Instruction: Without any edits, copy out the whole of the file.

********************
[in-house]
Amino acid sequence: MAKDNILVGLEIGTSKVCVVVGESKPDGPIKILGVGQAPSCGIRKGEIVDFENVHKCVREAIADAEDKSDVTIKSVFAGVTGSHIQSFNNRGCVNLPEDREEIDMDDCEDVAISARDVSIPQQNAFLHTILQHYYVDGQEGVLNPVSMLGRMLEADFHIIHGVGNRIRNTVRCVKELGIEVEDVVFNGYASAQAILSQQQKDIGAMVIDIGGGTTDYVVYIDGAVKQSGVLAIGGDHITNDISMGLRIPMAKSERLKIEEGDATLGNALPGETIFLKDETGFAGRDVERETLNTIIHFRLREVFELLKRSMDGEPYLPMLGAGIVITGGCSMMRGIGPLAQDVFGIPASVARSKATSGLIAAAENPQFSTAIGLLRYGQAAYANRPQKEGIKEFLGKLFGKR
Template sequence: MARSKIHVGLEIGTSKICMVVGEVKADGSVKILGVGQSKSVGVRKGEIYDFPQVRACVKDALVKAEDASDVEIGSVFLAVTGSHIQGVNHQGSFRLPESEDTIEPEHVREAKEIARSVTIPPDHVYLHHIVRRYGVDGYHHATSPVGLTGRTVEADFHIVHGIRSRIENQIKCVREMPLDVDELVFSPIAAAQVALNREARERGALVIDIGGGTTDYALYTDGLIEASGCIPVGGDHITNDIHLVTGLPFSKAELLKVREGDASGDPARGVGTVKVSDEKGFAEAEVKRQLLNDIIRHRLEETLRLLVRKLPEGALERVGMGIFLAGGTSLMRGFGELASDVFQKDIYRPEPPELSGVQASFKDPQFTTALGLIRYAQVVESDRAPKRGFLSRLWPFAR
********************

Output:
[in-house]
Amino acid sequence: MAKDNILVGLEIGTSKVCVVVGESKPDGPIKILGVGQAPSCGIRKGEIVDFENVHKCVREAIADAEDKSDVTIKSVFAGVTGSHIQSFNNRGCVNLPEDREEIDMDDCEDVAISARDVSIPQQNAFLHTILQHYYVDGQEGVLNPVSMLGRMLEADFHIIHGVGNRIRNTVRCVKELGIEVEDVVFNGYASAQAILSQQQKDIGAMVIDIGGGTTDYVVYIDGAVKQSGVLAIGGDHITNDISMGLRIPMAKSERLKIEEGDATLGNALPGETIFLKDETGFAGRDVERETLNTIIHFRLREVFELLKRSMDGEPYLPMLGAGIVITGGCSMMRGIGPLAQDVFGIPASVARSKATSGLIAAAENPQFSTAIGLLRYGQAAYANRPQKEGIKEFLGKLFGKR
Template sequence: MARSKIHVGLEIGTSKICMVVGEVKADGSVKILGVGQSKSVGVRKGEIYDFPQVRACVKDALVKAEDASDVEIGSVFLAVTGSHIQGVNHQGSFRLPESEDTIEPEHVREAKEIARSVTIPPDHVYLHHIVRRYGVDGYHHATSPVGLTGRTVEADFHIVHGIRSRIENQIKCVREMPLDVDELVFSPIAAAQVALNREARERGALVIDIGGGTTDYALYTDGLIEASGCIPVGGDHITNDIHLVTGLPFSKAELLKVREGDASGDPARGVGTVKVSDEKGFAEAEVKRQLLNDIIRHRLEETLRLLVRKLPEGALERVGMGIFLAGGTSLMRGFGELASDVFQKDIYRPEPPELSGVQASFKDPQFTTALGLIRYAQVVESDRAPKRGFLSRLWPFAR